LONDON (Reuters) - Scottish leader Nicola Sturgeon said an independence referendum that could wrench apart the United Kingdom after Brexit should take place in the earlier part of the devolved parliament’s next term, which begins next year.
If there was another referendum and if Scots voted out, it would mark the biggest shock to the United Kingdom since Irish independence a century ago - just as London grapples with the impact of Brexit.
The pro-independence Scottish National Party leader said she anticipates that a vote will take place “in the earlier part” of the next Scottish parliament, which begins next year.
“The referendum for a whole variety of reasons should be in the earlier part of the next parliament,” Scottish First Minister Sturgeon told the BBC.
Scots voted 55-45 percent against independence in a 2014 referendum but both Brexit and the British government’s handling of the COVID-19 crisis have bolstered support for independence among Scots.
The past 14 opinion surveys have shown that Scots support independence. Those surveys show support ranging from 51-59% though views on independence have been volatile over previous years with most polls in 2017-2019 showing Scots opposed to breaking up the United Kingdom.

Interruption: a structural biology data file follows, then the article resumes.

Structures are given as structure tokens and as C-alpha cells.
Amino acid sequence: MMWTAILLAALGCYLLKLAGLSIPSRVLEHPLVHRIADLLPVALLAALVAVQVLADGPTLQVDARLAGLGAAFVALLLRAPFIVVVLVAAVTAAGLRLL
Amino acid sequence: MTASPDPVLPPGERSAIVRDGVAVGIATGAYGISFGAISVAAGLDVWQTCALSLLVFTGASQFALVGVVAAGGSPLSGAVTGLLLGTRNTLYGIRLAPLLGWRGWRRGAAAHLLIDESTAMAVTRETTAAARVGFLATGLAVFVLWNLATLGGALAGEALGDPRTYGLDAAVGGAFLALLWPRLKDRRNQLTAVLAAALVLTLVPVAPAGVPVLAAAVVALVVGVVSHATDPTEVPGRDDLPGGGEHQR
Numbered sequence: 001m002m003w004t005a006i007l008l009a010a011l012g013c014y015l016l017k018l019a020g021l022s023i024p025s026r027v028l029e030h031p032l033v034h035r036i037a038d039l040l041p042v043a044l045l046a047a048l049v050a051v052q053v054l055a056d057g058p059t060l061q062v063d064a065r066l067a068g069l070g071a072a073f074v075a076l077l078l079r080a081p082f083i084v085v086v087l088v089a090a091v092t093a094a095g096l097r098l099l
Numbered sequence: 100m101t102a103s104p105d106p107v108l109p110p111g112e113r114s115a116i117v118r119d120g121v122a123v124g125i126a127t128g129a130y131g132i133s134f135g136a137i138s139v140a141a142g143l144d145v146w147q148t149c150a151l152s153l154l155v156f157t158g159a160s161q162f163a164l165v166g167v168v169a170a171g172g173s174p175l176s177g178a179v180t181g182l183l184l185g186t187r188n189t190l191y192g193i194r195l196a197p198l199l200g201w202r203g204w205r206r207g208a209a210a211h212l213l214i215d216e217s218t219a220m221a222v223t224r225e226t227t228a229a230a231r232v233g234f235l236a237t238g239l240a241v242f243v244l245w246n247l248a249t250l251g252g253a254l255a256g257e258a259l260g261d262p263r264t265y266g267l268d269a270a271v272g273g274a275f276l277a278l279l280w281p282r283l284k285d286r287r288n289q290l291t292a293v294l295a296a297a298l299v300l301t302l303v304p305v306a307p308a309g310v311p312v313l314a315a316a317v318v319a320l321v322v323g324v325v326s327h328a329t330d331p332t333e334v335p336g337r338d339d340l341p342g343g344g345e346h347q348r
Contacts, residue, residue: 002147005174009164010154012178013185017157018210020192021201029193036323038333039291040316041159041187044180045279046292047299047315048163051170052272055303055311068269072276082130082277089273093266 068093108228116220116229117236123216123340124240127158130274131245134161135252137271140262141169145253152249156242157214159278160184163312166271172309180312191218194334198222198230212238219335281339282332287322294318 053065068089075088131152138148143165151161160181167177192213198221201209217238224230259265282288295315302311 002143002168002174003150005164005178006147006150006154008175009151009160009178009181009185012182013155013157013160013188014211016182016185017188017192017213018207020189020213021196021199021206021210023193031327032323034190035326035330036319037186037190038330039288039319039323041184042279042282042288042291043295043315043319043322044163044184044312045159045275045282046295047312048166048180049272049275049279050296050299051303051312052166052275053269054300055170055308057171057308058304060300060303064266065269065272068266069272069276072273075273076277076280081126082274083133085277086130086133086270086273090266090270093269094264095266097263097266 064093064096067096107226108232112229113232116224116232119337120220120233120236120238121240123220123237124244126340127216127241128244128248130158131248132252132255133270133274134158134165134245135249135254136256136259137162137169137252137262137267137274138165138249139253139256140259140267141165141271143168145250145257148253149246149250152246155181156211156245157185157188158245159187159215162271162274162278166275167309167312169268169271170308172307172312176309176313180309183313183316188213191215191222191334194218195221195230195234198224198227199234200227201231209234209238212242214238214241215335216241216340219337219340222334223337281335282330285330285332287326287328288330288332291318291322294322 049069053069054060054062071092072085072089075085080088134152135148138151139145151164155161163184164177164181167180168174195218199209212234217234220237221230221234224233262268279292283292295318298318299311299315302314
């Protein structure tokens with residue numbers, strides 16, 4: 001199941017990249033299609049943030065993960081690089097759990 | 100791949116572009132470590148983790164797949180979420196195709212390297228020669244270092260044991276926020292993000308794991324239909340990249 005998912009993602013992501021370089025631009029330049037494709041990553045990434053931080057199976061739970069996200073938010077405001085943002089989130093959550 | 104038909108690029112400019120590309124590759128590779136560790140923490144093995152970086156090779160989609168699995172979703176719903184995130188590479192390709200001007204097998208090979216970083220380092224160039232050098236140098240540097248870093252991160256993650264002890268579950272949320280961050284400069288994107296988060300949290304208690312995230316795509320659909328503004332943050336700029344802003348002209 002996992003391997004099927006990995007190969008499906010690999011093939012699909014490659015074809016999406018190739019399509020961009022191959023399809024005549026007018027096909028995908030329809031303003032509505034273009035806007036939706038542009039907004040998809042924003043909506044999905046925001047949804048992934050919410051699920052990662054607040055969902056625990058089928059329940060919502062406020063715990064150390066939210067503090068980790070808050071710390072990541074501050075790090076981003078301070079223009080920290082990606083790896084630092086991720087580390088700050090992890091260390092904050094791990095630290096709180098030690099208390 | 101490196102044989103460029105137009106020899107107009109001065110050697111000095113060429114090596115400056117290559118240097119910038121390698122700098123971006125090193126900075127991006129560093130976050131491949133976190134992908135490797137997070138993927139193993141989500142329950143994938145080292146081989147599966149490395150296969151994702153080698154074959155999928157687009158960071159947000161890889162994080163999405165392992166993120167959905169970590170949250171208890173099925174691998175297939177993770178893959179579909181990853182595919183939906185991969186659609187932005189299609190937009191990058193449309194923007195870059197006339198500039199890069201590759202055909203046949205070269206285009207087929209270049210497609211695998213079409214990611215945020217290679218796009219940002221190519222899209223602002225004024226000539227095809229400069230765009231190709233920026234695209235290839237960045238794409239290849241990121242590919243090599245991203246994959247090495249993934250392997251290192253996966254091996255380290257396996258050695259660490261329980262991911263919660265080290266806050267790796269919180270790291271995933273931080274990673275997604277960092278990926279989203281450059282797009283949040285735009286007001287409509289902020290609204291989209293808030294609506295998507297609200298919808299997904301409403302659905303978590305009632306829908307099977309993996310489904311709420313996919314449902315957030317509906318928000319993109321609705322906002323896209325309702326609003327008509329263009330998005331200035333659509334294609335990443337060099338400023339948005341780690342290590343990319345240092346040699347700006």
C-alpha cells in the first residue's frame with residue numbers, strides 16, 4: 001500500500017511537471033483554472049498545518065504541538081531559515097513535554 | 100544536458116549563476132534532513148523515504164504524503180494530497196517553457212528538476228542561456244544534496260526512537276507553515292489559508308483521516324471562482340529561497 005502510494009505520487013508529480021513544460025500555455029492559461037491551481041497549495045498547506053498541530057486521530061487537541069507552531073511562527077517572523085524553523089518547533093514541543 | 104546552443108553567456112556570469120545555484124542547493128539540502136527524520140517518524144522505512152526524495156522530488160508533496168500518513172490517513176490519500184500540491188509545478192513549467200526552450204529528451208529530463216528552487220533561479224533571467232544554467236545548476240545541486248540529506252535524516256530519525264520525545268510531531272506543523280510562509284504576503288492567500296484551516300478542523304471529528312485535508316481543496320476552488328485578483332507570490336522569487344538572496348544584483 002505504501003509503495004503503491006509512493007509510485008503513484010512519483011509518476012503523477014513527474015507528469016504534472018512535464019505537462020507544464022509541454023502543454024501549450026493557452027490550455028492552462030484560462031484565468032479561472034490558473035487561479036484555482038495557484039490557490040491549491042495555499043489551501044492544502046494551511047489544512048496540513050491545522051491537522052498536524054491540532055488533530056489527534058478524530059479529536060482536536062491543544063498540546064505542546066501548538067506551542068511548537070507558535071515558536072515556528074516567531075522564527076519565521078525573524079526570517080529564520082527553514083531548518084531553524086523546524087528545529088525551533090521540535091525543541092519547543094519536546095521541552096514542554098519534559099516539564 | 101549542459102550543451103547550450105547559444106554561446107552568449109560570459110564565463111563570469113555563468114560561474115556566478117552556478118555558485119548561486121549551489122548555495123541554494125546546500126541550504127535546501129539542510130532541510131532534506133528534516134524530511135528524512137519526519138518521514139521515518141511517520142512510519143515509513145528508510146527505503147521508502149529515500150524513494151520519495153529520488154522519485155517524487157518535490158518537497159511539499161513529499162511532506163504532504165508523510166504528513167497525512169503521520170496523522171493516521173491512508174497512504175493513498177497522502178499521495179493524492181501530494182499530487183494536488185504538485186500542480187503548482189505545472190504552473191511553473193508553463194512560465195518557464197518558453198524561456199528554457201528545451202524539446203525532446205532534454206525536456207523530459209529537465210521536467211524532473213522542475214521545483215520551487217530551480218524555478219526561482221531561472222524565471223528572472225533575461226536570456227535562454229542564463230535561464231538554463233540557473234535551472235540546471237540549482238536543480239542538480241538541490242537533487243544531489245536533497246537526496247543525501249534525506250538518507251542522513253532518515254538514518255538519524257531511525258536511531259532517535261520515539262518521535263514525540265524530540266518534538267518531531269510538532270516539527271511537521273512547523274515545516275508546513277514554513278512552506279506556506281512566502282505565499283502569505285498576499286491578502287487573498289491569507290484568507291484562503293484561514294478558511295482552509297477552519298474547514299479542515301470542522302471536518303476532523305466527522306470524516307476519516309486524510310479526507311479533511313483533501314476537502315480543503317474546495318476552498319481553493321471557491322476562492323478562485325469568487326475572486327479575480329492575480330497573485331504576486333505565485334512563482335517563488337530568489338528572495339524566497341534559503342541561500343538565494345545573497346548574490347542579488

Sturgeon’s Scottish National Party (SNP) is expected to perform strongly in elections to the Scottish parliament in May. The SNP will argue that winning that election would be a mandate for another independence referendum.
British Prime Minister Boris Johnson has said the 2014 independence referendum was decisive and a once in a generation event, so should be respected. His government says there should not be another independence referendum in the near future.
But if Sturgeon wins the May 6 Scottish election, Johnson will have a difficult choice: refuse a referendum and thus allow Scottish discontent to simmer or allow a referendum which could break apart the union he says is so dear to him and his party.
The nations of Britain have shared the same monarch since James VI of Scotland became James I of England in 1603 and a formal union created the Kingdom of Great Britain in 1707.
Today, the United Kingdom of Great Britain and Northern Ireland includes England, Northern Ireland, Scotland and Wales.
The United Kingdom as whole voted 52-48 to leave the EU in a 2016 referendum: England and Wales voted to leave but Scotland and Northern Ireland voted to stay.
Reporting by Guy Faulconbridge; editing by Sarah Young and Jon Boyle
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